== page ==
HSE Chief Executive Paul Reid has said that Ireland will cease further deliveries of AstraZeneca and Janssen vaccines.

It comes as the EU focuses its efforts on acquiring mRNA vaccines.

Mr Reid said there is currently a strong availability of mRNA vaccines in Ireland and therefore further deliveries of AstraZeneca and Janssen will be suspended for now.

The HSE said it follows advice from the National Immunisation Advisory Committee which found that Ireland has "surer supplies" of mRNA vaccines, and appointments can be offered in a "timely manner".

In a statement it said that the decision was made in the context of the "risk posed by the Delta variant in conjunction with the availability of mRNA vaccines".

The HSE said it had requested a suspension of further deliveries of vector vaccines (AstraZeneca and Janssen) "to avoid any unnecessary build up and possible wastage of vaccines".

Mr Reid highlighted that the recent vaccine supply deal with Romania would see 700,000 mRNA vaccines delivered to Ireland in the coming weeks.

Meanwhile, the Department of Health has been notified of 1,758 new cases of Covid-19.

The number of people in intensive care units is 48, up five on yesterday.

There are 248 people being treated for the virus in hospital, up 19 since yesterday.

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Mr Reid said hospital numbers had increased six-fold in six weeks, but said the figures had to be viewed in context and stressed that the vaccination programme was having a significant impact.

"Vaccinations are working, they are reducing hospitalisations, they are reducing illness, ICU and mortality," he said.

"If you think back to January, we had 2,020 people in hospital and 212 people in ICU.

"We do have a concern with the rising numbers, rising everyday case numbers.

"We're now at over 2,000 and equally just seeing some rise in case numbers across all ages and across the whole country."

30,000 12-15 year-olds receive first vaccine dose

Around 30,000 children aged 12 to 15 received a first Covid-19 vaccine in the first two days of the rollout to that age group.

Mr Reid said 90,000 children in the cohort had been registered for a vaccine appointment by early this afternoon.

Some vaccines centres began to give jabs to 12 to 15-year-olds on Friday but the main rollout began in earnest yesterday.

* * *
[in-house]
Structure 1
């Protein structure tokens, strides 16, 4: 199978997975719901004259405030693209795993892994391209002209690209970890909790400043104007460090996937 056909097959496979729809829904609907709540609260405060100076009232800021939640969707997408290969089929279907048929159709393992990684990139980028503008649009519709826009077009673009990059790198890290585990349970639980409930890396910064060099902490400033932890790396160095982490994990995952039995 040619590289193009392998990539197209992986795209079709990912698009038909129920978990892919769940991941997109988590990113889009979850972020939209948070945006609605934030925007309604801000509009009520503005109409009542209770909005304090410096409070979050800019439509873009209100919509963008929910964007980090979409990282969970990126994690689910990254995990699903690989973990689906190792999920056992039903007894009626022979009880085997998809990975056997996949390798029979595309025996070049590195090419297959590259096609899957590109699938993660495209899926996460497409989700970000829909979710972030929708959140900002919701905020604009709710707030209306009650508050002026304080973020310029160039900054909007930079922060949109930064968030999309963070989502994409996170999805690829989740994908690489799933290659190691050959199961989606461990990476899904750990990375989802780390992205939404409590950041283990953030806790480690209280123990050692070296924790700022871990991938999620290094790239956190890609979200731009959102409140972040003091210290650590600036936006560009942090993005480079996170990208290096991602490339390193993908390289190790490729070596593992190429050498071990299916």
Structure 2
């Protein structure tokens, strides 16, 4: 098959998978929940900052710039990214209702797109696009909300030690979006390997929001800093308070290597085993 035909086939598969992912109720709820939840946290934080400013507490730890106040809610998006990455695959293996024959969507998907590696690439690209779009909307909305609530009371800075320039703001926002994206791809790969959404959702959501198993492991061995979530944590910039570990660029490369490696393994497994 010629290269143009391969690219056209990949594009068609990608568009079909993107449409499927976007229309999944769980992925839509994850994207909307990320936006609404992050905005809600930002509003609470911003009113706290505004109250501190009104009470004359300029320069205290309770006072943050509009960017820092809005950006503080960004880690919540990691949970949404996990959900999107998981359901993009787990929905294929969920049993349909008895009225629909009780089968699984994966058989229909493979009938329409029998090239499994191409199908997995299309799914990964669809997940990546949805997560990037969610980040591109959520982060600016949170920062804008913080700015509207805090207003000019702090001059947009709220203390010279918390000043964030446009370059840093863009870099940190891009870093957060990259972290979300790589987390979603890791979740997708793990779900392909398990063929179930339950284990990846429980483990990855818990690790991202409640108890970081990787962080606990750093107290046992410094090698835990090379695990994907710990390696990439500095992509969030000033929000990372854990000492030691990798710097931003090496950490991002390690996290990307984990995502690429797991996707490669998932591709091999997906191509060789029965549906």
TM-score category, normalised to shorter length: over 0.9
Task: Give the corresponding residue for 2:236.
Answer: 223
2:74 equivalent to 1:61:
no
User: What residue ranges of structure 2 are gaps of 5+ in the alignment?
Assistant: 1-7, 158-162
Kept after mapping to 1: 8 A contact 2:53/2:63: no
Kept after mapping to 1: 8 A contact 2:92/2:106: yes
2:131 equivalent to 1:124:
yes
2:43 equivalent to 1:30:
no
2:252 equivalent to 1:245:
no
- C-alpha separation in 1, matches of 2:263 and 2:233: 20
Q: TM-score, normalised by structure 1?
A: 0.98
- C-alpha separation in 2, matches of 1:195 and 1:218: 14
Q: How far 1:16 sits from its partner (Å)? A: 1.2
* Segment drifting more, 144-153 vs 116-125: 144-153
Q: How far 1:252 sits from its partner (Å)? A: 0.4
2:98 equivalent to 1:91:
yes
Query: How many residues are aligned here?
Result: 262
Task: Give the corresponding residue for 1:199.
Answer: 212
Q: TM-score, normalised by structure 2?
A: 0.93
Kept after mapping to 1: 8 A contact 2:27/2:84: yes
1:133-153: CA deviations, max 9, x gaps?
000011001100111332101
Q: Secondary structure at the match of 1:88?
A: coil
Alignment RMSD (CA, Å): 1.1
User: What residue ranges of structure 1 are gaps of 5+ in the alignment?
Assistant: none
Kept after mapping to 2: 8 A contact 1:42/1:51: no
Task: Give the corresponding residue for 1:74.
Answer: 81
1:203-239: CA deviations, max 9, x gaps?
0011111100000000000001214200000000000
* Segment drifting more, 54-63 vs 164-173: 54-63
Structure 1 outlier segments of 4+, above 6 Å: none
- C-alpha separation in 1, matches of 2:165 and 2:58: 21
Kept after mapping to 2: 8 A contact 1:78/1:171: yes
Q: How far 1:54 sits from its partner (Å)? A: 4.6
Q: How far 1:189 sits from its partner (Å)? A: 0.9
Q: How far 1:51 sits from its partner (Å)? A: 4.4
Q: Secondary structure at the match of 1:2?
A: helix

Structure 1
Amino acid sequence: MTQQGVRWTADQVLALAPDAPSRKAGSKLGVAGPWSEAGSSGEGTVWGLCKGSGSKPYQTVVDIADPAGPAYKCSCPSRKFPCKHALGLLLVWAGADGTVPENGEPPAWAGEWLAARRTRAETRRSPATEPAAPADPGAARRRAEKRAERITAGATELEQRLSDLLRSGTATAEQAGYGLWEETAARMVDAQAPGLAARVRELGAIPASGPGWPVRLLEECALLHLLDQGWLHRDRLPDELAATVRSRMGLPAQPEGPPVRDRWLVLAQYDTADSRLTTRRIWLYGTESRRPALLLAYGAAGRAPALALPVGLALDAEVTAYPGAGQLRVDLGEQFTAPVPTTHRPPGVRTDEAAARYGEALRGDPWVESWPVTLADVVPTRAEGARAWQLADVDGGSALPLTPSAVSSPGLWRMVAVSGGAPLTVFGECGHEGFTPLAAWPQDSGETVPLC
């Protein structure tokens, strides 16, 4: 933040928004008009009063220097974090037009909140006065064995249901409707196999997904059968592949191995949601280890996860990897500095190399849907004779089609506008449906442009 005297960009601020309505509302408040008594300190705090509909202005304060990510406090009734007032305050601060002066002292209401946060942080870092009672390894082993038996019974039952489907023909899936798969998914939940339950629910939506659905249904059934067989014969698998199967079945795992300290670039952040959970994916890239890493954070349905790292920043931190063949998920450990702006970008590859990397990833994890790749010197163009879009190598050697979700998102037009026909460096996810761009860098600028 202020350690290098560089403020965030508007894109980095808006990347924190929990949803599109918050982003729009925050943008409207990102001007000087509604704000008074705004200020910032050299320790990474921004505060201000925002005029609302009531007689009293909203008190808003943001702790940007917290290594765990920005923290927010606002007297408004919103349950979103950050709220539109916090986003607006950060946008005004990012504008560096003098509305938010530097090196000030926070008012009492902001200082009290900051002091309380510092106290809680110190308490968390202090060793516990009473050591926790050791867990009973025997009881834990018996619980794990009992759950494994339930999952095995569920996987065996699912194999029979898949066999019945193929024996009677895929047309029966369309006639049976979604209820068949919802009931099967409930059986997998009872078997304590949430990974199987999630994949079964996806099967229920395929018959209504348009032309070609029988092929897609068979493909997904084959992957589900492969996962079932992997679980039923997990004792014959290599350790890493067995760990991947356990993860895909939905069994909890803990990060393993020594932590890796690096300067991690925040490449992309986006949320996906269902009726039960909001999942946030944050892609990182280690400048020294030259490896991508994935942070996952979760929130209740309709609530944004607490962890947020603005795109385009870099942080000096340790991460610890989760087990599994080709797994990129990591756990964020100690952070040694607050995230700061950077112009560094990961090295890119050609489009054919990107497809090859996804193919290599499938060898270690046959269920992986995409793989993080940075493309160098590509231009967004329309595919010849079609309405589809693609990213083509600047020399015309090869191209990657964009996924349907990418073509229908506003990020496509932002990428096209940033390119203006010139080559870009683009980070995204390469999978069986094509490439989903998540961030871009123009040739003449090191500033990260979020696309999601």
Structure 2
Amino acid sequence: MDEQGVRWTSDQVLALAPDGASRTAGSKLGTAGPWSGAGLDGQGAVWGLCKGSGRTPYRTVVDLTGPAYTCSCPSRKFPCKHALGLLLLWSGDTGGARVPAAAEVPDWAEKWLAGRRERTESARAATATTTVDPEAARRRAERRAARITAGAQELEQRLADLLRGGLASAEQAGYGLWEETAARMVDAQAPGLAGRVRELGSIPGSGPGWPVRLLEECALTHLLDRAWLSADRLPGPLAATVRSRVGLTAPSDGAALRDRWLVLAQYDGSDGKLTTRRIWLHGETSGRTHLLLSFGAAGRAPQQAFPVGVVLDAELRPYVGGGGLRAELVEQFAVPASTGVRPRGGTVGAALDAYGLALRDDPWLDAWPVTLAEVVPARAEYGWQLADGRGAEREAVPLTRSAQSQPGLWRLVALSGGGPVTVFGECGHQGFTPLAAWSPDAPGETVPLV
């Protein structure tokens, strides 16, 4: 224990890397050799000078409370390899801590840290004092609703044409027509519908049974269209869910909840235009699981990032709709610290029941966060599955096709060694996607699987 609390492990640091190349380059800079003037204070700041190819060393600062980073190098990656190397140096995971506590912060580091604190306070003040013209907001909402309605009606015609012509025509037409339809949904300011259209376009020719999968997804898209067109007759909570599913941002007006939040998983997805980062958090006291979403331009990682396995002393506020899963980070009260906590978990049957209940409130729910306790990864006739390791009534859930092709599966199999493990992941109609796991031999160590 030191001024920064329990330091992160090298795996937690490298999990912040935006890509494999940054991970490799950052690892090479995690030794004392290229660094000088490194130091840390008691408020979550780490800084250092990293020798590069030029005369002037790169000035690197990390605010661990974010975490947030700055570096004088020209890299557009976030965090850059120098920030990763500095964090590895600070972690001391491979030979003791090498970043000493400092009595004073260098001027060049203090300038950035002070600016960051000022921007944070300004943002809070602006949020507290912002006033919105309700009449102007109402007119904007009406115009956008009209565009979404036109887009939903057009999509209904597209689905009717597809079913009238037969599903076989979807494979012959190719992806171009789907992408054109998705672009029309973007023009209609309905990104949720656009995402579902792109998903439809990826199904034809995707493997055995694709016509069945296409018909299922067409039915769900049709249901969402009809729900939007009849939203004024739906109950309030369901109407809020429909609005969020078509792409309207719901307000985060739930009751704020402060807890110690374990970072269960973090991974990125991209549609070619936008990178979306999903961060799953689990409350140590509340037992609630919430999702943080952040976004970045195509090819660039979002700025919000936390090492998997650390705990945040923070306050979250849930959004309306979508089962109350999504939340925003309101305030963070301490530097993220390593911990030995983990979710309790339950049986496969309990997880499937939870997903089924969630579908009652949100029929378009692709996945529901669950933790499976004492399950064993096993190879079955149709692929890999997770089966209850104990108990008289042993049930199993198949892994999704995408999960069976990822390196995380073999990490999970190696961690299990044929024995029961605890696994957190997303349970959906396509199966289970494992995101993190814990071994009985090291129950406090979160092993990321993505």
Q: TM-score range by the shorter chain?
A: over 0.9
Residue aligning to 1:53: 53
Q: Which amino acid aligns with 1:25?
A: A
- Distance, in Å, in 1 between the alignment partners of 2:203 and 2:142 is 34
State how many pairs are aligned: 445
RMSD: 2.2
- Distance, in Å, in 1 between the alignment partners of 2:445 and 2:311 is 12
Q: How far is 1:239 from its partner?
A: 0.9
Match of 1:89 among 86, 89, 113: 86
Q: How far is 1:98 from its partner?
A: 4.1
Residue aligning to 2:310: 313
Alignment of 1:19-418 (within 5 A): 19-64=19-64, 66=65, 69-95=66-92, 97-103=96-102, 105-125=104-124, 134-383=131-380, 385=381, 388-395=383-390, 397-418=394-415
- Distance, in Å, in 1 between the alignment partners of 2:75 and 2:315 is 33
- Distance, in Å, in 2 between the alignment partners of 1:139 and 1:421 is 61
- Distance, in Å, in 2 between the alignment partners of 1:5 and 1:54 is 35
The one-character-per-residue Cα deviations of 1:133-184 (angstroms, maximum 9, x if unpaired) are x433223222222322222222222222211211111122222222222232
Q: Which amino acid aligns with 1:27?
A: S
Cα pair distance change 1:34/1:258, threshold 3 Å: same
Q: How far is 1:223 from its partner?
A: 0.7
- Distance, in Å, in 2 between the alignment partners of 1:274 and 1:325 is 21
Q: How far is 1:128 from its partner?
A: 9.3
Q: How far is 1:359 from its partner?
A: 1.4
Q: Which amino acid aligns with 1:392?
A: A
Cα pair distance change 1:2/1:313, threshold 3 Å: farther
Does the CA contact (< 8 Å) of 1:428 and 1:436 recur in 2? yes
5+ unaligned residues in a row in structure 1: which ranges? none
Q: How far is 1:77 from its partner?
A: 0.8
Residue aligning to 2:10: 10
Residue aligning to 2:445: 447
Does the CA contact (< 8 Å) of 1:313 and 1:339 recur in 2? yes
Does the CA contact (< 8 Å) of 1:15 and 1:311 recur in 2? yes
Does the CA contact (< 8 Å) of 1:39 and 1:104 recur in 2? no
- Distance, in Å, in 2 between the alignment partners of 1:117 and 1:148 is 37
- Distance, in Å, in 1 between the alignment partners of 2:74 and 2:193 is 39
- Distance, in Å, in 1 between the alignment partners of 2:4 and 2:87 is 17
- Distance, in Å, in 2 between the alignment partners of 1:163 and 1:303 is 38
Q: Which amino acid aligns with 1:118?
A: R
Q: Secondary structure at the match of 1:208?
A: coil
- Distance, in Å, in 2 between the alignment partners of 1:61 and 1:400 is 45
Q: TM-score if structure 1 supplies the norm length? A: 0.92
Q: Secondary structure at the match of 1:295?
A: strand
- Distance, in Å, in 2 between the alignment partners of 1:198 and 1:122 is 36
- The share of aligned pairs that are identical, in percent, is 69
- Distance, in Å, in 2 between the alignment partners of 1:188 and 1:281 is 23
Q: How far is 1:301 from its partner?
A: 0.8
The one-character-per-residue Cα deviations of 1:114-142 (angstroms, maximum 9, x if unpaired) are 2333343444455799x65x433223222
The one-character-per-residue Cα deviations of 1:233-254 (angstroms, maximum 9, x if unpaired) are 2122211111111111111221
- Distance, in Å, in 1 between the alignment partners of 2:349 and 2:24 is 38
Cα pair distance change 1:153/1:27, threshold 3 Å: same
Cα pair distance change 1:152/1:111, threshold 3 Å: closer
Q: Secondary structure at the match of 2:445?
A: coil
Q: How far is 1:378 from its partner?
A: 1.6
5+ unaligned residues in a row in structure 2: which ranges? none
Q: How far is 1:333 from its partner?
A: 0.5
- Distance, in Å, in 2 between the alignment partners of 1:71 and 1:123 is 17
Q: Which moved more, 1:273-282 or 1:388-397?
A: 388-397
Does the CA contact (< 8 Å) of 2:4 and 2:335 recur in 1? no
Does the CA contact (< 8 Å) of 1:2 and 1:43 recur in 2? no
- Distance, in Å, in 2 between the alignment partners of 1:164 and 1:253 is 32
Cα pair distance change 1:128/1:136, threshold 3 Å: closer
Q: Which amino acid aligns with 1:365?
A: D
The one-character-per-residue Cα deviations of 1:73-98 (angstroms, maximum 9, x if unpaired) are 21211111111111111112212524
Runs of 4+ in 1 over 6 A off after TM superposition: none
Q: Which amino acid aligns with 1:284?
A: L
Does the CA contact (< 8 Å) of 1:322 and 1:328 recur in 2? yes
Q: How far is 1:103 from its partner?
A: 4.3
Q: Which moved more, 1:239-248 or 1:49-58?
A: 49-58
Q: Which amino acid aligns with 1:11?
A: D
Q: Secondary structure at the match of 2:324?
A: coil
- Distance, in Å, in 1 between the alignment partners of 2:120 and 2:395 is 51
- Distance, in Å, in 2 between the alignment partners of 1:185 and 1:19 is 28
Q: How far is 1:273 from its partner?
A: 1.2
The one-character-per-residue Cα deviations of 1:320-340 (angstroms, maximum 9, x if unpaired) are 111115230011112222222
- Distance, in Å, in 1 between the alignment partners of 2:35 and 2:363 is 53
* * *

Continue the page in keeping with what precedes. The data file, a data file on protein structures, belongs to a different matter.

The children, who need the consent of a parent or guardian to get vaccinated, are receiving Pfizer or Moderna jabs.

There are around 280,000 children in that age group in Ireland.

Mr Reid said he was not concerned at the uptake level so far and expected there to be continuous registrations over the coming two weeks ahead of the new school term.

Speaking on RTÉ's This Week, he also confirmed that children who are fully vaccinated would not have to isolate if they were identified as a close contact of a positive case within the school environment, as long as they were not displaying symptoms.

Paul Reid said 90,000 12-15 year-olds have registered for a Covid-19 vaccine
(File: Rolling News)

Mr Reid said those children who had not been vaccinated would still have to isolate.

Mr Reid said 81% of the adult population in Ireland was now fully vaccinated and 90% partially vaccinated.

He said the isolation policy for schools was aligned with public health advice for the population as a whole.

"You are more exposed if you are not fully vaccinated and you are highly more protected if you are vaccinated, so it's really aligned with the public health advice that we've put in place throughout," he said.

He also expressed concern at rising Covid-19 case numbers in Ireland. The 2,074 confirmed cases reported yesterday was the first time since January that the daily total had exceeded 2,000.

Mr Reid was also asked about inconsistencies around partner access at different maternity hospitals in Ireland.

He said he had asked senior officials, including Chief Medical Officer Dr Tony Holohan, to meet with patient advisory groups and advocates next week in an attempt to address some of the issues.

"We do want to find a shared pathway out of this," he said.

Mr Reid said: "The good news is we have a very good supply line to complete this age group asap because we have the supply line from the Romanian vaccines coming through, 700,000 over the coming weeks."

There will also be late opening times at vaccination centres, Mr Reid said.

"90% of the adult population (are) partially vaccinated and now 81% of adult population are now fully vaccinated."

On the return to school, Mr Reid said: "We're working with the Department of Education, our public health team on the whole process around return to school, but that will be one of the measures that we have in place, because people are much higher protected with vaccinations."

He said delivering the correct information to parents is essential at this point in the vaccination programme.

"If you are fully vaccinated and out of your vaccination period and you're fully protected, if you are a close contact you don't need to isolate if you are not symptomatic.

"If you're symptomatic you will be advised to isolate, but for people who are fully protected they don't need to isolate."

Chair of the Covid-19 vaccination taskforce Professor Brian MacCraith said another "significant milestone" in the vaccine rollout has been reached, with GPs and their practice teams administering two million doses.

Latest figures also show that 6.35 million doses of a Covid-19 vaccine have been administered in Ireland.

This includes 2.85 million second doses.

In Northern Ireland, 1,294 new cases of Covid-19 were reported today, along with three deaths.

There are 359 Covid-19 patients in hospital, including 44 in ICU.

Additional reporting PA